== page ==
Recurring revenues dramatically drive valuations up
No one would contest that investors pay more for businesses that generate recurring revenues, but nowhere is that truism more starkly evident than in the software industry. The transition from on-premise licenses to Software-as-a-Service (SaaS) over the past decade or so is not only remarkable in the amount of shareholder value it has unlocked, but also in how much difference selecting the right business model can make.
We here make conclusions based on US data from research firm Software Equity Group LLC to quantitatively support the strategic advice we give to our Canadian prospects and clients alike, regardless of their sector. This is particularly relevant in the context of them considering a potential exit in the coming years, and as they devise their strategic roadmaps to get there.
How big is the valuation gap, really?
Simply put, SaaS businesses are 2.0−3.5 times more valuable than on-premise license software firms. As shown by the grey line in the first two charts to the right, for publicly traded firms over the past five quarters, the ratio of median enterprise value (EV) to revenue and the EV to EBITDA multiples of SaaS firms vs. on-premise license firms were generally within that range, but peaked above 4.0 and bottomed at 1.7.
The third chart to the right shows that ratio holding steady in the 1.8−1.9 range for M&A transactions for which data is available. While the gap is lower in an M&A context (which indeed captures a more relevant set of circumstances for our readers), the discrepancy is still very much there.
This valuation gap is as clear as it gets in terms of evidence of what investors value — there is little doubt that any privately-held business (not just software) that can grow and defend a customer base that generates recurring revenues will be rewarded with higher valuations down the road if it chooses to explore a potential company sale.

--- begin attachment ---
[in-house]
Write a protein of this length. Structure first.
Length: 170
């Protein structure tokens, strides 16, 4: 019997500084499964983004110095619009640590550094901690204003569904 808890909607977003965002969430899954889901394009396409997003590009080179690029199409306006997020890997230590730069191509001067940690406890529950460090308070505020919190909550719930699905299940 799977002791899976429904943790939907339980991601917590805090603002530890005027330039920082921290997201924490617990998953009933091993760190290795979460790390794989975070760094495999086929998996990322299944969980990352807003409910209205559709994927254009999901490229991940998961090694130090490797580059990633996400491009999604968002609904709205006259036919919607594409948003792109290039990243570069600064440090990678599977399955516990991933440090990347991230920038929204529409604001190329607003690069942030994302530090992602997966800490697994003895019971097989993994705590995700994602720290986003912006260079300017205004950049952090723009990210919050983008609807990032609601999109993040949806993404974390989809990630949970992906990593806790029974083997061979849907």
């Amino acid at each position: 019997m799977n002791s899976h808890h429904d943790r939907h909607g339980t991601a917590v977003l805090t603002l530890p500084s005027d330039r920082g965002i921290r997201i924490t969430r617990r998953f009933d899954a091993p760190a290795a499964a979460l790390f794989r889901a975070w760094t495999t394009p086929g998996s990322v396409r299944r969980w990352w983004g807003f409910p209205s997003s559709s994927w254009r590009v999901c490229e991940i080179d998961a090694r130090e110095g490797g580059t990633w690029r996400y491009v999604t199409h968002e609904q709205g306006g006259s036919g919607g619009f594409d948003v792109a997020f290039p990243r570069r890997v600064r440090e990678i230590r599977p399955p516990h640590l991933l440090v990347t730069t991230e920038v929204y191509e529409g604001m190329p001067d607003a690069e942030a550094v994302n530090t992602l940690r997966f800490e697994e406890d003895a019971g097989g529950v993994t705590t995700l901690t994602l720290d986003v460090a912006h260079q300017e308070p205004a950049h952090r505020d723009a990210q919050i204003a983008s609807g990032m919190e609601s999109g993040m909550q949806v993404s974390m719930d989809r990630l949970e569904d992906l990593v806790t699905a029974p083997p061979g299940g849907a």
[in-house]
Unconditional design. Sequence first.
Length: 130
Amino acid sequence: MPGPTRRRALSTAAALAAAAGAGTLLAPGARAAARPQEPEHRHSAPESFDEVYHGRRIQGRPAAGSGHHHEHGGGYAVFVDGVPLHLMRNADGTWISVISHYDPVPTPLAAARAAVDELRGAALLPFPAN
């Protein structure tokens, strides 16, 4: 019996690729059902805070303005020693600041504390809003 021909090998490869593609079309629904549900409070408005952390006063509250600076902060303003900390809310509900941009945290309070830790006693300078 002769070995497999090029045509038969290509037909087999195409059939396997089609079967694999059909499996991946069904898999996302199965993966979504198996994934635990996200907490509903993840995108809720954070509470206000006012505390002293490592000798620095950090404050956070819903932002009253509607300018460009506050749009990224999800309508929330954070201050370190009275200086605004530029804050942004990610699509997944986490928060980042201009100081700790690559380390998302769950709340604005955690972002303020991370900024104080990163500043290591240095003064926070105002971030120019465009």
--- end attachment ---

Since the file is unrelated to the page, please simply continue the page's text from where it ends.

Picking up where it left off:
Intuitively, it still seems like a big gap. Are there other drivers of value behind the ‘SaaS’ label?
Correct. And the answer is not SaaS businesses being more profitable. Rather, it’s high revenue growth that is rewarded, and it so happens that SaaS businesses on average grow far faster (25.8% TTM revenue growth) than on-premise license software firms (8.0% TTM revenue growth). At the high end of the spectrum, the valuations are truly eye-popping: SaaS businesses with more than 40% TTM revenue growth command a 10.7x multiple on average, and explain nearly all of the gap between revenue models.
The last chart in the bottom right corner shows this in more detail: valuations clearly increase as a function of TTM revenue growth, when they are plotted against one another. Not surprisingly, the ‘lift’ applies to both SaaS and on-premise license, but accelerates greatly for SaaS.
So, does it mean that privately-held software firms should convert all revenues to recurring and grow as fast as possible at all cost?
There is no question that a dollar of SaaS revenues is worth more than a dollar of non-recurring revenues. However, it is also self-evident that not all businesses lend themselves to recurring contracts, so our conclusion to the first part of the question above is “whenever possible”.
The second part of the question is far less ambiguous. Revenue growth is all that matters, in terms of exit values, for only a rarified set of private companies, primarily VC-backed ones. For the vast majority of privately-held firms, profitability is more important, and should be a strategic focus especially ahead of a company sale.